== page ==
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Last modified: Tuesday, July 25, 2006

The Denver Post

July 25, 2006

Too much isn't a good thing; Overtraining is counterproductive -- and sometimes career-ending

This story originally appeared in The Denver Post and also was published in the Indianapolis Star.

Roger Bannister broke the 4-minute-mile mark in 1954 on about 30 minutes a day of training. Gunder Hagg, a Swedish runner, had set the previous mile record in 1945 training mostly on his lunch hours as a firefighter. But over the past few decades, athletes in various sports have stepped up both volume and intensity in their workouts. Some contend that such heavy regimens are necessary to reach one's optimum performance. But sports psychologist John Raglin of Indiana University-Bloomington warns that overtraining often backfires, sending athletes into tailspins that can be career-ending.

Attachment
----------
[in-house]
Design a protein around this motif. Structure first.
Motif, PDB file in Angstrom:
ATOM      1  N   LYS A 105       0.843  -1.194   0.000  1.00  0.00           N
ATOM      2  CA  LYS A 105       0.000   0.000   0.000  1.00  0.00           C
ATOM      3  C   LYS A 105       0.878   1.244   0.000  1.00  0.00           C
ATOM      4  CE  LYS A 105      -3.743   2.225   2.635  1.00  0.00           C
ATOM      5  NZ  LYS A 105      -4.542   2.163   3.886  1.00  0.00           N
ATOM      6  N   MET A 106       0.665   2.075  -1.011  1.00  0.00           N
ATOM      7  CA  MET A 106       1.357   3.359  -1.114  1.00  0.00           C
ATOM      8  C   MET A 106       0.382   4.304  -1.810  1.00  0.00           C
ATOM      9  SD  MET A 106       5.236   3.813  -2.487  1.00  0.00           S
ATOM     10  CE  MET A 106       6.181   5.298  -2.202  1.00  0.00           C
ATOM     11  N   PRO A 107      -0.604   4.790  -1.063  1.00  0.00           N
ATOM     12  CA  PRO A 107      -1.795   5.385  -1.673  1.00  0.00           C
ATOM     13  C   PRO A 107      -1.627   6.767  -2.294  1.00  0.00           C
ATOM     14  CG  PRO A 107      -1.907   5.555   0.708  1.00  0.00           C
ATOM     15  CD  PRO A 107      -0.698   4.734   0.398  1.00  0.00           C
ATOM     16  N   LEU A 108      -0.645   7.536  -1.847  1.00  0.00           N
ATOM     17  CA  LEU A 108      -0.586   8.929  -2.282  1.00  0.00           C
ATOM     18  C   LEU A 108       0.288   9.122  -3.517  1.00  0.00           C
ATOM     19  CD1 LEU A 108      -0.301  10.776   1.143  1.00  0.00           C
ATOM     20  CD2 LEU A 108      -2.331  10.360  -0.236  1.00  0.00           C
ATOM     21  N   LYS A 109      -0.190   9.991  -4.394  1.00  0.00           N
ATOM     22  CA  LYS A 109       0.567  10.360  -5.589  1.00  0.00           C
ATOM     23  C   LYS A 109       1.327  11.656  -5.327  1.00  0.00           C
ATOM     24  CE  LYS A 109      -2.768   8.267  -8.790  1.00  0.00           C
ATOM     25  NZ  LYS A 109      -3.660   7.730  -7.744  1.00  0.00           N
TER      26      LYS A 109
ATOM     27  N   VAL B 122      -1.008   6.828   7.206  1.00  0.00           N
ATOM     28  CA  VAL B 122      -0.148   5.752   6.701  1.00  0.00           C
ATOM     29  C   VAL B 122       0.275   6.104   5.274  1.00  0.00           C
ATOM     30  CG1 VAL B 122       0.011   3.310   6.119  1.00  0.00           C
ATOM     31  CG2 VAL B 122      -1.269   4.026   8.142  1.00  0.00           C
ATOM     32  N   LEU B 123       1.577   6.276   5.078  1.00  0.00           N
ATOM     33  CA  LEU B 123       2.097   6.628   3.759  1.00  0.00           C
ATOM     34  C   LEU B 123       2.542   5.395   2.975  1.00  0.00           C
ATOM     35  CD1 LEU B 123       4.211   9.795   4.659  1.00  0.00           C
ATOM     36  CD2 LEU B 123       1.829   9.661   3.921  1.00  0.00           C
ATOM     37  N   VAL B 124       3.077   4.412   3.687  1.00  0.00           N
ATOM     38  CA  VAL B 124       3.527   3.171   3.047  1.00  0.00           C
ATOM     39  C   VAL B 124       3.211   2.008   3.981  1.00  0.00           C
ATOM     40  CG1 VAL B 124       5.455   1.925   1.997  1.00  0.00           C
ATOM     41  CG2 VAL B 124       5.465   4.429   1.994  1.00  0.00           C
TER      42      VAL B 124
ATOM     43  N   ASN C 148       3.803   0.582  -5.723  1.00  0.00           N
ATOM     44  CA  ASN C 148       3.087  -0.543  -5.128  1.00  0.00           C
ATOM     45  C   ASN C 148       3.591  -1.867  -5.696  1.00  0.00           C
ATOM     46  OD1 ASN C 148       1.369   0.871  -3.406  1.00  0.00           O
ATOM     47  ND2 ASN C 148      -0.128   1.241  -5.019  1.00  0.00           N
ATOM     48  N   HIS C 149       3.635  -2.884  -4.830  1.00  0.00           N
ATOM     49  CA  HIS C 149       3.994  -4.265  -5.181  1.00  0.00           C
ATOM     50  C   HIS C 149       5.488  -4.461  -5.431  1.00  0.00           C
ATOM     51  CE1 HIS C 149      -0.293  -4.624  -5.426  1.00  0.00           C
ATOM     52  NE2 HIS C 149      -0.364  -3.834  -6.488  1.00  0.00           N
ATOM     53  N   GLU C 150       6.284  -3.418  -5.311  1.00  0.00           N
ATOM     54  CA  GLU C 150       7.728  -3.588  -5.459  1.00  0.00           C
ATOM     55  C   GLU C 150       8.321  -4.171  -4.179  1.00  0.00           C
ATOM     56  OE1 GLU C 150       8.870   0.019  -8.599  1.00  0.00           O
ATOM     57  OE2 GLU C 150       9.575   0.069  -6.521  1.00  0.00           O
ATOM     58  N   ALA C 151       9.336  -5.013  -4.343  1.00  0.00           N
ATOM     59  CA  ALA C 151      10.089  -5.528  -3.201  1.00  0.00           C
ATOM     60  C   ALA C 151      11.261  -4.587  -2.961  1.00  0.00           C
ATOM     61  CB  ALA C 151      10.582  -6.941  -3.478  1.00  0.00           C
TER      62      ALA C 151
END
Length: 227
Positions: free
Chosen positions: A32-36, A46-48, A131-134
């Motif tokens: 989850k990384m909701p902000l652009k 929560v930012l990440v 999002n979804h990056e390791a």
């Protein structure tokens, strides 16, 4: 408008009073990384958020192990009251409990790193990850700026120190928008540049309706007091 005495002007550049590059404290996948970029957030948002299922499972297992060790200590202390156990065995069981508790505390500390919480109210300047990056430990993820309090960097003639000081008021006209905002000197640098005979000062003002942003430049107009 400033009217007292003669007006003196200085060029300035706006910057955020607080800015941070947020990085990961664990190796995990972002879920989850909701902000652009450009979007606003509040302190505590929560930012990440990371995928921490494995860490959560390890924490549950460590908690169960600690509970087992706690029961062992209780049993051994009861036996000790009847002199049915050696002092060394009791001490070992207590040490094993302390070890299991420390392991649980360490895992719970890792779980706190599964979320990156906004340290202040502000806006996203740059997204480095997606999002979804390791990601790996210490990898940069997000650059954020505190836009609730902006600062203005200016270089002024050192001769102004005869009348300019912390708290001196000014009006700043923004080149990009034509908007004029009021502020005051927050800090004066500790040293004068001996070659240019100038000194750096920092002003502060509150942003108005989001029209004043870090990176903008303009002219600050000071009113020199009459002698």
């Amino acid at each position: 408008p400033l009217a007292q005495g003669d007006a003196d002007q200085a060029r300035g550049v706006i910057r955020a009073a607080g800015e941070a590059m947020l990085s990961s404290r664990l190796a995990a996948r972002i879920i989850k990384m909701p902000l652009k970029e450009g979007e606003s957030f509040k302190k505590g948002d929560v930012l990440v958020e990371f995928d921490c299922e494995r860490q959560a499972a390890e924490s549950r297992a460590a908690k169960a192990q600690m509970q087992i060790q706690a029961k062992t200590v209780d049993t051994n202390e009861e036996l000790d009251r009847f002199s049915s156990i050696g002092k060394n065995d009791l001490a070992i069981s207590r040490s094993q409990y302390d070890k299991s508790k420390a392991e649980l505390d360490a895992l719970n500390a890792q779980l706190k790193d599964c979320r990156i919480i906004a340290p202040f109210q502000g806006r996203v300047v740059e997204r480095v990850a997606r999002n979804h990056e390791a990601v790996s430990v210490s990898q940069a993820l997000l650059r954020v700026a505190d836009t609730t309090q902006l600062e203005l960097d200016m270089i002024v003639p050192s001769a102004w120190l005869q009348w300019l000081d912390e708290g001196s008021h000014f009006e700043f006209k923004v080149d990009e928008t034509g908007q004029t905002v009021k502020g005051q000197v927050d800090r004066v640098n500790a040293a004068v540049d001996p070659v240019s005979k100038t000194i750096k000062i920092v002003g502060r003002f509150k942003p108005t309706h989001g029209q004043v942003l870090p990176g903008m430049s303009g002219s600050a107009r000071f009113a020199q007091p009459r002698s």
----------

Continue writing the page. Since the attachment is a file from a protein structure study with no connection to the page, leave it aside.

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Learn more about IU's Department of Kinesiology in the School of Health, Physical Education and Recreation at